knowing the conservatives used Teresa as their crash test dummy to take all the hits as they set themselves up to lead a coup once brexit bad polling had been stuck to her call sheet...
    the curtain is still up and they are all standing their about to stab each other in the back like a punch n judy Shakespeare Macbeth type panto

    now they are back to where they started, with no one to blame for brexit (but themselves)and they still want the front runner job without all the accountability
    Teresa is well rid of the mess
    maybe Teresa and Jeremy will elope to a tropical island & make a reality tv show
    Last edited: May 26, 2019
  20. Benson Registered Senior Member

    You have to vote for the best of the worst, that used to be the Conservatives. As Theresa has shown, just like Labour, the Tories are a dead loss, thank goodness she has gone. I would say Boris is a forgone conclusion to get the job and I nearly spat my coffee everywhere when Rory Stewart announced his intentions. Rory had to go to a meeting with some other local politicians where a bridge had been swept away in the floods. Yup, they arrived at the wrong side and couldn't get across the river to the village. A local farmer had to take them round on a quad bike one-by-one. Then a year later, Rory got excited that some funding came through but after all that time, he didn't even think about having an action plan. The fool is reactive, not proactive.

    The pressure of Farage reappearing will give the government direction and momentum. Trouble is, under real pressure, Farage tends to flap like a fish out of water. He abandoned UKIP when he should have stayed in politics, he's not a distance runner. I voted for his party for the MEP on 23rd May.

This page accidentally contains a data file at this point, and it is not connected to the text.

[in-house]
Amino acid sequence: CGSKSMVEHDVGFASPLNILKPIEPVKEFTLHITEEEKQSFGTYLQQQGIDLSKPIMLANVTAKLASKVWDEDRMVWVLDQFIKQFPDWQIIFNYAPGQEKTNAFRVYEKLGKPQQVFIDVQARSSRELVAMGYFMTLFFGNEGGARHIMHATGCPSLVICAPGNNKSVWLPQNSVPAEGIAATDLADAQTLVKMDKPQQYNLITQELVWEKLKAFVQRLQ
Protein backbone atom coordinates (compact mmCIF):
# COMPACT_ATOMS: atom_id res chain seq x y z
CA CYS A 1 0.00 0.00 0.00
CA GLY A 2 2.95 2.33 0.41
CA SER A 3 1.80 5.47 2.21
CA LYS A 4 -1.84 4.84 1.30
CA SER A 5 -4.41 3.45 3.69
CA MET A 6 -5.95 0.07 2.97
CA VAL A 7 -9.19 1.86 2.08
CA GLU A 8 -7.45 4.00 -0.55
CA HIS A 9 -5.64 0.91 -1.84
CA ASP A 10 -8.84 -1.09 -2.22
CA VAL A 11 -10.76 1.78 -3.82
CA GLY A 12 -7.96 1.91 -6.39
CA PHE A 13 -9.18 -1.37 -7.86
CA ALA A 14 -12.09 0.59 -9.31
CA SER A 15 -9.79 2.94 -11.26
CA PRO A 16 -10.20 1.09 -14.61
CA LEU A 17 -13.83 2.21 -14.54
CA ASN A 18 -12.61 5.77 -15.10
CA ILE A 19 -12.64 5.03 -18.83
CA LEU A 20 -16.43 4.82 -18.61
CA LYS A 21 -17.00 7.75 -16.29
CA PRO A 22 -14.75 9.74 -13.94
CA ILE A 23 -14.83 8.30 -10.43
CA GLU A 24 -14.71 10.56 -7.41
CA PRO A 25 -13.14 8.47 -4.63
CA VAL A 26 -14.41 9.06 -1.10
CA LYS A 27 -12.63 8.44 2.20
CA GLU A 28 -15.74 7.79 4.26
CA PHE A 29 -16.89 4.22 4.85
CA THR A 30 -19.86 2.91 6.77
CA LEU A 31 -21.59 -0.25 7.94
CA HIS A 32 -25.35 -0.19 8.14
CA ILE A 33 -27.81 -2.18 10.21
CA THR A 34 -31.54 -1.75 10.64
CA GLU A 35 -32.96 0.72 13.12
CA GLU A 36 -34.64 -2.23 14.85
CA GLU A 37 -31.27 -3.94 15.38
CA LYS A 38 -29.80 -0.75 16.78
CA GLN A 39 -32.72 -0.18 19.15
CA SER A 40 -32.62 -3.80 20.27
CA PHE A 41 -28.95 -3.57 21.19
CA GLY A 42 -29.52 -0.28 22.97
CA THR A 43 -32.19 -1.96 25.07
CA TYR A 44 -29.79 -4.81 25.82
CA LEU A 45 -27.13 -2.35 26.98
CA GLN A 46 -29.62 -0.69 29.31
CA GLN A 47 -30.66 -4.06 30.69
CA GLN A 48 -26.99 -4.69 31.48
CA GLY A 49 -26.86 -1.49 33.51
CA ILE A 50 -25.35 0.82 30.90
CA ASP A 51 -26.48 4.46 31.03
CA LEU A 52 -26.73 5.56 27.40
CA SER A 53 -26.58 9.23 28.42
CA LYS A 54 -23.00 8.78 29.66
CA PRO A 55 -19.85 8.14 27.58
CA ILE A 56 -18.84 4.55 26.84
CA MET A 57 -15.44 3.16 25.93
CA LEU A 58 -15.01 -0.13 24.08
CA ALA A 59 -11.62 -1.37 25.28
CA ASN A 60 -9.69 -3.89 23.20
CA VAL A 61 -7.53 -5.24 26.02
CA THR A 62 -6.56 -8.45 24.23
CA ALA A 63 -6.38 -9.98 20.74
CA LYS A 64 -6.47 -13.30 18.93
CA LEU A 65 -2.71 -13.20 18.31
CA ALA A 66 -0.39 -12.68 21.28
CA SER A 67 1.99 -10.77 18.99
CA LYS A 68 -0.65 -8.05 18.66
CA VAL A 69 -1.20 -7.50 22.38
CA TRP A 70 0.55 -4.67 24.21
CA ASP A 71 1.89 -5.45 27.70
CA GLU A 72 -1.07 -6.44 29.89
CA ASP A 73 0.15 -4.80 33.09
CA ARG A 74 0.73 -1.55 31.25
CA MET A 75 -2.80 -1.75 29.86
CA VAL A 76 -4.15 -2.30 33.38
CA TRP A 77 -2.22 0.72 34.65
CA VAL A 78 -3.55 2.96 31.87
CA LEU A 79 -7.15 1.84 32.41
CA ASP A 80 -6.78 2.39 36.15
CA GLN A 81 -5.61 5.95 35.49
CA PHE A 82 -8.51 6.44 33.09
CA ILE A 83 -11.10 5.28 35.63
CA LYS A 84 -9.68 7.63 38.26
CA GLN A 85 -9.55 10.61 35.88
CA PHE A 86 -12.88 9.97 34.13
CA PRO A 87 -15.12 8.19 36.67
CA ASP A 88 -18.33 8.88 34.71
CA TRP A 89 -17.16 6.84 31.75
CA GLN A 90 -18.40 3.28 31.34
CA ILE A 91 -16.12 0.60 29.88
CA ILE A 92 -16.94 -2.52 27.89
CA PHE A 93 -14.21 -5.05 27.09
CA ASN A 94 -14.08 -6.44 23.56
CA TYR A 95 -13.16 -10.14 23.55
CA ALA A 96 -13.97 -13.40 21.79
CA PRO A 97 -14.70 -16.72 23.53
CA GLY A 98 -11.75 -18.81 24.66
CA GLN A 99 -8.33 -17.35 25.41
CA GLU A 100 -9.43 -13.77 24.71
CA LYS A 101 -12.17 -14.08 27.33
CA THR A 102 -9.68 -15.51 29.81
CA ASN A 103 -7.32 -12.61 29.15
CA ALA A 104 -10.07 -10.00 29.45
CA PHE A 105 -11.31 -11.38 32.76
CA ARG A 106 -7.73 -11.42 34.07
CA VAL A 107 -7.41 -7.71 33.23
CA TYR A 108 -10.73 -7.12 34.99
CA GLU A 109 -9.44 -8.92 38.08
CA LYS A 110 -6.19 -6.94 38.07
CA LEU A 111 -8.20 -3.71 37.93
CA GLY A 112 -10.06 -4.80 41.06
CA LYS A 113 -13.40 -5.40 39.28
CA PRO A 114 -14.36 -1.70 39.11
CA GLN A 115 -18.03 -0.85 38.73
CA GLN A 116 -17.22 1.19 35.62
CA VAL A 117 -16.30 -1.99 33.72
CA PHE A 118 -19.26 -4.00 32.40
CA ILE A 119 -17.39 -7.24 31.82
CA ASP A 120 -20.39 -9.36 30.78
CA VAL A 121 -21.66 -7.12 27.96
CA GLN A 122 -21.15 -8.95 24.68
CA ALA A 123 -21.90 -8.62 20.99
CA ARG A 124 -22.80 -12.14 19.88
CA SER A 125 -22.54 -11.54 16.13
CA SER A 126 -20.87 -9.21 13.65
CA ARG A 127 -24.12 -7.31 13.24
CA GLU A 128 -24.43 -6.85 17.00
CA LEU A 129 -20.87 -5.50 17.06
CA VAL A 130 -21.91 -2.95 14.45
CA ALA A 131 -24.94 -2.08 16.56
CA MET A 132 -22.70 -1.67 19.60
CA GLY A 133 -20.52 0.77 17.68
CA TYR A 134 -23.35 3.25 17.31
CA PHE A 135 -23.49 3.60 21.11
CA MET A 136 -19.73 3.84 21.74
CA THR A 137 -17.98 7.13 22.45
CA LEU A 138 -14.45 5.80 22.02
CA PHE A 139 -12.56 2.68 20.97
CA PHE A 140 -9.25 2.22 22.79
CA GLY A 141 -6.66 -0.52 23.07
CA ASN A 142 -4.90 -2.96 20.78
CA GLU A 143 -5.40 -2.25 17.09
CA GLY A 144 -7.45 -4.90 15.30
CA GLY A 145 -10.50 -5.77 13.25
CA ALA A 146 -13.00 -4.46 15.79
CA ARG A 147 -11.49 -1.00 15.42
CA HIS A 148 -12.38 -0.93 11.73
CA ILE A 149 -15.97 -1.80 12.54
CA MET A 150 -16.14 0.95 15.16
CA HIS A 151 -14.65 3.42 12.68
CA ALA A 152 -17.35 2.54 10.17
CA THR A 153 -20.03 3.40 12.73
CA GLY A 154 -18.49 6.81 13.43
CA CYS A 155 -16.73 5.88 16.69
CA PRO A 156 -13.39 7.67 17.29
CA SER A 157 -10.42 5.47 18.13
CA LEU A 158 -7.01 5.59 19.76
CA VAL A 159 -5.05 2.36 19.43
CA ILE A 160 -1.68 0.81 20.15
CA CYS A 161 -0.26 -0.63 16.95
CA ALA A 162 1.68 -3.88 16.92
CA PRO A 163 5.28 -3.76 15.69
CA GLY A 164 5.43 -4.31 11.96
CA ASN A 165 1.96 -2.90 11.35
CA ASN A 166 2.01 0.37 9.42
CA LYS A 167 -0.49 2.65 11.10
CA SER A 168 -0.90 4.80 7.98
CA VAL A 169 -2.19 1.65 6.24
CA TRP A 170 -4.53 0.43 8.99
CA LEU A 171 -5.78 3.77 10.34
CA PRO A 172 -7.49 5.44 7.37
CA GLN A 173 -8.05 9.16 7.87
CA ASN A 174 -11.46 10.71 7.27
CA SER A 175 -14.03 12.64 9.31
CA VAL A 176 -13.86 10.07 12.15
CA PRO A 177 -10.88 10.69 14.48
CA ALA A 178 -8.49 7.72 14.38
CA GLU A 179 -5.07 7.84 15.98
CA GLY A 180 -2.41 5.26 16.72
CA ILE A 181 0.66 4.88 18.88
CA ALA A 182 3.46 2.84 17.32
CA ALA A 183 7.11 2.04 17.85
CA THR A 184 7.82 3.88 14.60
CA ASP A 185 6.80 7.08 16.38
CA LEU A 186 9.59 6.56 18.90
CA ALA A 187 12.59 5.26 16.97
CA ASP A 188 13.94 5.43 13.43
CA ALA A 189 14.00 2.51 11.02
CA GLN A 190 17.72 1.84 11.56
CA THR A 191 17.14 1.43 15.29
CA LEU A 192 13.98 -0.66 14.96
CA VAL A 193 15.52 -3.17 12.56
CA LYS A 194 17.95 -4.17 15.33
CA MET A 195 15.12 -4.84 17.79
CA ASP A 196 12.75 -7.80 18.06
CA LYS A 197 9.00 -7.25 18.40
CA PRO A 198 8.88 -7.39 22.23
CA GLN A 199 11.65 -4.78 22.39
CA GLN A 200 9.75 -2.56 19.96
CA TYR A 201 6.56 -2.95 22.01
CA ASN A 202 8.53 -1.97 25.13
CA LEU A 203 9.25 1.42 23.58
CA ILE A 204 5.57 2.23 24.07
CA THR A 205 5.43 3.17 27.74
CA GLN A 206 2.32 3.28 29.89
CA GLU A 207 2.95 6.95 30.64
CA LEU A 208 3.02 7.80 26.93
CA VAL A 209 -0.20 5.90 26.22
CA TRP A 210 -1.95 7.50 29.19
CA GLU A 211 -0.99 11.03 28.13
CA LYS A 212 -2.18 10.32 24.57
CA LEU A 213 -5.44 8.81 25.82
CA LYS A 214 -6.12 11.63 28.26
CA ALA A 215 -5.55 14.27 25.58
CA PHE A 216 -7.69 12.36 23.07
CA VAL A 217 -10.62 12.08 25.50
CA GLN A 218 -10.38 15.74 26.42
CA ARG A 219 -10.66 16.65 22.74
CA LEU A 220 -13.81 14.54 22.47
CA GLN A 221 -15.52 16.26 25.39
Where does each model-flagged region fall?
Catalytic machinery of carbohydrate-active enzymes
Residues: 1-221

My ideal prediction/result will be a Boris led government, leaving the EU with no deal.
  21. Benson Registered Senior Member

    As Tim Martin said about Theresa May, "You don't get anywhere being soft". She was the wrong person for the job. Farage is more suited in one sense but I don't believe he could go the distance and when it gets tough and he just needs to stick to his guns for a few more days, he'll buckle and U-turn.

    We could have done with a Thatcher/Trump leader for Brexit.

    As for MEP, can't wait to see Farage to be a thorn in Europe's side.
  22. mathman Valued Senior Member

    It would be interesting to see what the total for anti-brexit parties (Dem-Lib, Green, etc.) turns out to be. Maybe a new referendum is in order.
  23. River Ape Valued Senior Member

    I don't think you can necessarily add up party totals in the way you suggest.
    Certainly the Lib Dems have increasingly defined themselves as the pro-EU party and this is what has brought them most of their increased vote, but who knows how any hundred of thousands of votes they may have garnered simply on the basis of established party loyalty. Worth noting that at one time there was division in the ranks, with some leading members insisting that the result of the referendum, even if deeply regretted, must be honoured. Purveyors of such opinions were hammered into silence.
    In the case of the Greens, I can remember when leading figures were against the EU as a capitalist club. Global warming has been almost as big an issue as Europe here in the UK, especially among the young. There have been major demonstrations and mass arrests. This issue may be responsible for attracting many votes to the Greens.
    In regard to a new referendum, leading members of the government and senior civil servants have been warned that this would lead to serious civil unrest. GCHQ, here in my own home town of Cheltenham, have been fielding online threats and take them very seriously. Discarding the result of a referendum would constitute an extraordinary breach of trust.

    One aspect of the Euro Election has attracted little attention so far beyond the ranks of professional political analysts, and this is the extraordinary gap that has opened up between the races. Although the Conservatives suffered the worst result, the fall in support for Labour was just as bad among white English voters. Labour, however, retained the support of black and Asian voters. This can be appreciated by examining the council areas map to be found on the BBC website. Almost all the little patches of red, indicating a Labour majority, coincide with parts of the country where immigrants have gone furthest to eclipse the native population. Check it out for yourself!